• (5/5)
    This was way better than I thought it would be.

    Mama, Mama, help me get home
    I'm out in the woods, I am out on my own.
    I found me a werewolf, a nasty old mutt
    It showed me its teeth and went straight for my gut.

    Mama, Mama, help me get home
    I'm out in the woods, I am out on my own.
    I was stopped by a vampire, a rotting old wreck
    It showed me its teeth and went straight for my neck.

    Mama, Mama, put me to bed
    I won't make it home, I'm already half-dead.
    I met an Invalid, and fell for his art
    He showed me his smile, and went straight for my heart.

    -From "A Child's Walk Home," Nursery Rhymes and Folk Tales
    So, this is for all intents and purposes the same idea and some of the same plot as Scott Westerfeld's Uglies, and yet it somehow utilized that same idea and plot to make something much more profound and frankly more coherent. This book has actual motifs and themes. I adored the writing style and loved all the characters (though Hana was mostly annoying and Alex was sort of a stalker). I liked how the worldbuilding was done. I liked just about everything about this. It surpassed all of my expectations.
  • (4/5)
    I only just finished this book earlier this year, after its been on my stack of books to read for the past two years or so and I wish I had read it sooner. I saw the book a couple of times in the bookstore and I finally bought it because the concept sounded interesting. The book sucked me in and I finished it in 3 days (I'm a college student and had school or I would have stayed up all night to finish). With the Hunger Games and the Divergent series, dystopian novels have been gaining popularity and with Delirium being a part of the genre, while sounding interesting, I thought would be an easy, distracting, read when I needed a break from all the school work. I was wrong this book is fantastic!!!

    The world that Lena lives in, a world without love, was a believable world. The excerpts from the beginning of each chapter from the Book of Shhh helped in making the world seem more real. The first book in the series did a great job of introducing us to this world and showing the reader how much not having love can destroy us. With Lena she is about to have the surgery to remove the disease of love -- the Deliria Nervosa -- but she ends up falling in love with a boy named Alex. Lauren Oliver writes about a love story between two teenagers, and thankfully, it's not cheesy either. But my favorite part about the whole not having love is how it also effects the family. Lena's mom committed suicide because she couldn't have love which resulted in Lena having to be raised my her aunt and uncle. Throughout the novel, while Lena's family thinks what they are doing is right, they are not doing it out of love but out of what the government tells them is right. Don't even get me started on the ending, all I can say is amazing cliff hanger!!!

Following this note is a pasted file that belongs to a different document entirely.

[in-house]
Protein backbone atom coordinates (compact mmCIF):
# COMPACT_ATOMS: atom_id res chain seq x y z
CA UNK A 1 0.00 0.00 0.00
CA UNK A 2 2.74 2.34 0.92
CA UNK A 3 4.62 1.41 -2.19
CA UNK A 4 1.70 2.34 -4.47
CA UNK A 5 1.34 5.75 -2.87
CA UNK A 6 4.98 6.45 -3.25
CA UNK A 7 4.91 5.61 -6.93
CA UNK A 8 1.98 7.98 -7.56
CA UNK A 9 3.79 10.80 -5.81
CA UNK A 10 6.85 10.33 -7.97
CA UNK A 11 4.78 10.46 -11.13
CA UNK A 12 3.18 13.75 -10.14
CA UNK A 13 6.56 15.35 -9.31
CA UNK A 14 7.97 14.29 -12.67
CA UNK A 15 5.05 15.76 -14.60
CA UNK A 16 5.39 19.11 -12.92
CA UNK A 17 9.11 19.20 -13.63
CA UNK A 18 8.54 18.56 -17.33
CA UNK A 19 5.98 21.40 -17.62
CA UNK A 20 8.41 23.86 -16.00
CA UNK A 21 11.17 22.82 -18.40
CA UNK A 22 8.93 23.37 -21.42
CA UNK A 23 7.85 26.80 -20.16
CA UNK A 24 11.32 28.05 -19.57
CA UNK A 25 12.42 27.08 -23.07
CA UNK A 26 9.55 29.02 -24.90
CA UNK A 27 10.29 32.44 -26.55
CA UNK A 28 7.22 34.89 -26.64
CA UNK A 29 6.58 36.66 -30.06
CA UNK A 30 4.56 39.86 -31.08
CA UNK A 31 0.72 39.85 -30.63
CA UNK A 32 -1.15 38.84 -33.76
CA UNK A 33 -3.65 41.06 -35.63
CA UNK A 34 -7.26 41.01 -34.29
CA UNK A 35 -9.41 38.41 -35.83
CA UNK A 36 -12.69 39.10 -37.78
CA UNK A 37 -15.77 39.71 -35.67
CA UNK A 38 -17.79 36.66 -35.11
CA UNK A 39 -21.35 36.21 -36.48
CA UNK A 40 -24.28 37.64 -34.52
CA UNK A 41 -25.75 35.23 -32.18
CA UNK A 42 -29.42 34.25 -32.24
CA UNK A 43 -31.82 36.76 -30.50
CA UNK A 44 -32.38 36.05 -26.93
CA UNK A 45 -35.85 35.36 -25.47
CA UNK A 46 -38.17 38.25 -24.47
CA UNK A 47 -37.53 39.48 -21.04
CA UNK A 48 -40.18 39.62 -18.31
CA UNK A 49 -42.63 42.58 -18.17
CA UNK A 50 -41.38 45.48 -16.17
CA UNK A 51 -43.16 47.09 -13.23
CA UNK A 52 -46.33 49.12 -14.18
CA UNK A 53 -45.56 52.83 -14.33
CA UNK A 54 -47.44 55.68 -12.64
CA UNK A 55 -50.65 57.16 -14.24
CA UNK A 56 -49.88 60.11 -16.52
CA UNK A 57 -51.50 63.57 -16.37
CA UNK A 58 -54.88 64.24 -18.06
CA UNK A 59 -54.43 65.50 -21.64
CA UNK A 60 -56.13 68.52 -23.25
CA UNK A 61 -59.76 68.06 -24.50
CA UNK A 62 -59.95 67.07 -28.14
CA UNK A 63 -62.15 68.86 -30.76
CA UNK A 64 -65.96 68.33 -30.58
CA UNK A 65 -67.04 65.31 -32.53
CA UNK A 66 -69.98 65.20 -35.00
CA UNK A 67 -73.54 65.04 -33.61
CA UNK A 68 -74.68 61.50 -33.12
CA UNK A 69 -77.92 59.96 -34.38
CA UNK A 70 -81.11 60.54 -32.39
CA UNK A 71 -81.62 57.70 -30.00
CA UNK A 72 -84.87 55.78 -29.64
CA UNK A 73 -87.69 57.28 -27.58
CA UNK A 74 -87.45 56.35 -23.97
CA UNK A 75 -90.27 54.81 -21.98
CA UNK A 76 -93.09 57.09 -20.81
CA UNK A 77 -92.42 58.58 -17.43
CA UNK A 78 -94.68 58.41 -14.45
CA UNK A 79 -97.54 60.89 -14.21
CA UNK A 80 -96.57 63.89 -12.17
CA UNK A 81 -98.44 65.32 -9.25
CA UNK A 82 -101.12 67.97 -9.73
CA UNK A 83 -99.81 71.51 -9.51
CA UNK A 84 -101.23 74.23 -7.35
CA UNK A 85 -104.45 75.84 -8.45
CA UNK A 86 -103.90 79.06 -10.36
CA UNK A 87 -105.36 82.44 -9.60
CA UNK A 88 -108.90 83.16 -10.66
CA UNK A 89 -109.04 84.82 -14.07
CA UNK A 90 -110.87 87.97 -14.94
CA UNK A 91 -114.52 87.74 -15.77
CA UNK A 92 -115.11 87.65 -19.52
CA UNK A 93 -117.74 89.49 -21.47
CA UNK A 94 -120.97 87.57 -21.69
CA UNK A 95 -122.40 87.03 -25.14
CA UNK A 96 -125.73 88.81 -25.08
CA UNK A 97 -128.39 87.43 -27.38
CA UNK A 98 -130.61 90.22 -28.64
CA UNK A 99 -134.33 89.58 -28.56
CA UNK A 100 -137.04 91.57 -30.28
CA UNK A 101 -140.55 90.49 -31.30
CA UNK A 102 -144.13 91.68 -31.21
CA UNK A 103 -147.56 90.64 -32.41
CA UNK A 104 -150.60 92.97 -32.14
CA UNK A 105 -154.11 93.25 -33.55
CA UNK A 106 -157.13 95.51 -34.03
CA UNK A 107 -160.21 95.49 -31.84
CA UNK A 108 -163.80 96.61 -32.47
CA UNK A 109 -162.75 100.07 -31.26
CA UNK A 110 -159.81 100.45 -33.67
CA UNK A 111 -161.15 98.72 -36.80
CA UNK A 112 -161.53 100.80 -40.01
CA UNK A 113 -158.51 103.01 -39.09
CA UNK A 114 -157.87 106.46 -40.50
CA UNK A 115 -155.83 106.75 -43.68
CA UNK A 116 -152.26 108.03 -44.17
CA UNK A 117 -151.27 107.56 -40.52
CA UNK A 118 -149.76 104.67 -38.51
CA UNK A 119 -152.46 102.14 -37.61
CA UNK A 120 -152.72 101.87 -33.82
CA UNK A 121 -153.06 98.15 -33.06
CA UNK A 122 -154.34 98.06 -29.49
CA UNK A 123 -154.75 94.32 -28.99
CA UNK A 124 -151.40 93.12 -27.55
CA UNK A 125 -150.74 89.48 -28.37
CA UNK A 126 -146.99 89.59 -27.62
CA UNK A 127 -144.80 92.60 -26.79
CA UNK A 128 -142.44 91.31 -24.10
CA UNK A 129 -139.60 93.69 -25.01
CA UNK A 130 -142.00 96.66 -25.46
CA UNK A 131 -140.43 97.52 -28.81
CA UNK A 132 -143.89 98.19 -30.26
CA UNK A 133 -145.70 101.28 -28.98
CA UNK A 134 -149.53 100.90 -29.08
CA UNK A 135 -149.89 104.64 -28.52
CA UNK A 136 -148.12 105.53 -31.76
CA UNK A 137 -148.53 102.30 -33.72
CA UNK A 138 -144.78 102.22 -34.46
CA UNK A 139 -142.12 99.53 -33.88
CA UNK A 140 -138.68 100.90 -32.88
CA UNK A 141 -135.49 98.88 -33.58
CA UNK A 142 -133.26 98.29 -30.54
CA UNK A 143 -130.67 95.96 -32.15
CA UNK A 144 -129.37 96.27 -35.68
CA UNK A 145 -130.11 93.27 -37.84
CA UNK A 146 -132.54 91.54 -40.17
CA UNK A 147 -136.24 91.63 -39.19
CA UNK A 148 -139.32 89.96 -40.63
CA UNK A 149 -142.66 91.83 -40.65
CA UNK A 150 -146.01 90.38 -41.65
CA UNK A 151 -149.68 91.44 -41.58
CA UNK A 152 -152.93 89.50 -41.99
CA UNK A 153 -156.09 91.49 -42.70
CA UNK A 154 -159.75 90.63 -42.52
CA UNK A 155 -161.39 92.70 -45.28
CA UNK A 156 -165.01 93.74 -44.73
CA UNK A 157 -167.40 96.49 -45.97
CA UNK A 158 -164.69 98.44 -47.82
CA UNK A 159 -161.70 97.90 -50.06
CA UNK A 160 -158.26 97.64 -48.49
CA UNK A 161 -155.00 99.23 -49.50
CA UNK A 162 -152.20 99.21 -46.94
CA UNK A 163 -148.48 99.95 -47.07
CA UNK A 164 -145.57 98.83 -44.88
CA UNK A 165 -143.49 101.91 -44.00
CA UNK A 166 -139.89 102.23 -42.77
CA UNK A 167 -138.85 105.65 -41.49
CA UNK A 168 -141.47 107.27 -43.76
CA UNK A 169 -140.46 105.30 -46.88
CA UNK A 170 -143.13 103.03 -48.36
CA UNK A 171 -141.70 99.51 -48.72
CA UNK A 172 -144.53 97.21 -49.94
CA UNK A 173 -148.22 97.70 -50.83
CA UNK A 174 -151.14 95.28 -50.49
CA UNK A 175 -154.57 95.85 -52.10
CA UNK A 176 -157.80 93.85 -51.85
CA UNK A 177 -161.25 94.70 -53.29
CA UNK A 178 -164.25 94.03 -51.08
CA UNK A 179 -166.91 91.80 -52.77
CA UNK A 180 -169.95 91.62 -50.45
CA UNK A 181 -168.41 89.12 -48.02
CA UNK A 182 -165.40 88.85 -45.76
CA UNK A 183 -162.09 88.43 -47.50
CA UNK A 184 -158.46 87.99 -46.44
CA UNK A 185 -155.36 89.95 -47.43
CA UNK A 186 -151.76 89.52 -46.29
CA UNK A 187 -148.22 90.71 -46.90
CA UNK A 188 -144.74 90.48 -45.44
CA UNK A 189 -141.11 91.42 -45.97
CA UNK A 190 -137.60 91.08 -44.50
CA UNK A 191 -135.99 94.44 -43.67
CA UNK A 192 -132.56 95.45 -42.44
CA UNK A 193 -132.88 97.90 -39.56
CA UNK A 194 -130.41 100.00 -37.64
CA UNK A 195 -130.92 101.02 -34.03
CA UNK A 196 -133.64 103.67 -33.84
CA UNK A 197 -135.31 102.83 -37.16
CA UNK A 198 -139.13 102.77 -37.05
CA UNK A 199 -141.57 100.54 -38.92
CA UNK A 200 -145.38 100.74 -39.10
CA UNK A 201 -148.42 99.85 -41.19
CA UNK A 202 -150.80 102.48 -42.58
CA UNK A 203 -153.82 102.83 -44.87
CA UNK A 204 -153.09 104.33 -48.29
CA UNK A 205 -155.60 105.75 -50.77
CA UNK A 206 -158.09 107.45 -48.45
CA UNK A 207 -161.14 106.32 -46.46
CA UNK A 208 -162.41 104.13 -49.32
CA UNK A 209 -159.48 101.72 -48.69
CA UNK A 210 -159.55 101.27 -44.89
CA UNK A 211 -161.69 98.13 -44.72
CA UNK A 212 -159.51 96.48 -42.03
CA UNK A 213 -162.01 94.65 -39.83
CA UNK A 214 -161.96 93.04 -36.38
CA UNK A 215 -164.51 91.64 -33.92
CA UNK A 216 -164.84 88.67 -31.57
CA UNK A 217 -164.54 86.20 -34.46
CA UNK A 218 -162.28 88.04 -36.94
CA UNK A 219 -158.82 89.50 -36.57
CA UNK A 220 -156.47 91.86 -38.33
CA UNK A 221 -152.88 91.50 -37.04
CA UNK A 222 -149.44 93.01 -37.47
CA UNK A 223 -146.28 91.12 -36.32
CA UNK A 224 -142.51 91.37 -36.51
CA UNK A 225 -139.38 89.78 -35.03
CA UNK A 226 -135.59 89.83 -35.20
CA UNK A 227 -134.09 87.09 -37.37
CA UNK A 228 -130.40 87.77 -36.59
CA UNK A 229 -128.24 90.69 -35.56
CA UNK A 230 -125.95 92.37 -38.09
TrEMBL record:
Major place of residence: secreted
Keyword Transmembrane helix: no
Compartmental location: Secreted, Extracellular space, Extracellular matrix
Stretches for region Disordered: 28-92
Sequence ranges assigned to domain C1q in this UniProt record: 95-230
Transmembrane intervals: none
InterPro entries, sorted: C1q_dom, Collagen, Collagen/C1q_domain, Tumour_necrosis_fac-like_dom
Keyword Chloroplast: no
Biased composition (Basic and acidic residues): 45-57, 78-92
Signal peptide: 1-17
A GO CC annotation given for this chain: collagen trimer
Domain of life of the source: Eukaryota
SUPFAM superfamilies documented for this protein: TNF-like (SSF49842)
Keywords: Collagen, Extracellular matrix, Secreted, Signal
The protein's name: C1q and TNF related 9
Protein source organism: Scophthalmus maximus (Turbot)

4/5
  • (5/5)
    Lauren Oliver has a wonderful way with words. Her characters in Delirium were deep and well developed and I enjoyed watching them, particularly Lena, grow and learn and change. She creates a deep and fascinating world that looks at how different people would be without love. I also really enjoyed how she pulls you into her story by using beautiful, lyrical prose.One of the things I really liked about this book was that it had an interesting way of combining religion and science and portraying elements from both of these to explain why the people in this story think the way they think. Oliver took parts of religion and science and showed how people in this society twisted them in order to believe that love was a disease. She does it so well that you can really understand why they believe this. Oliver did a wonderful job of scene building and providing examples to explain the world she created. She makes it believable that it could exist, that it could be the world we live in some day. Part of what helped me believe in this world was the quotes at the beginning of the chapters and little phrases that Oliver created. They added a lot to the story and I greatly enjoyed them. I also loved how Oliver not only looked at romantic love but love between parents and their children and love between friends, and how these relationships change and even fall apart without love. The main character, Lena, goes on a journey of discovery in Delirium. She has to grow as a person to be able to see through to the truth. I enjoyed reading about her journey which started with her fully believing in the ways of her society and government. She accepted that people were cured of love when they turned 18 and the fact that your spouse was essentially chosen for you, she even appreciated these things. Then she started to learn about things that she never knew existed. She started to open her eyes up to all the things she was never supposed to know about. Watching her discover things like music, and love were wonderful and I believed every one of her reactions. All of the characters in this story were well written. I loved Alex and his relationship with Lena. I loved the way they grew together and that he had a reason for being drawn to her. Alex and Lena truly fell in love, this is not a ‘we love each other for no reason’ kind of story and I really appreciated that. I also loved Hana. At first I thought she was going to be somewhat stereotypical of a character, she’s beautiful and popular and perfect, but there was so much more to Hana.Every part of this book was well done and I look forward to reading more of this series and more from Lauren Oliver.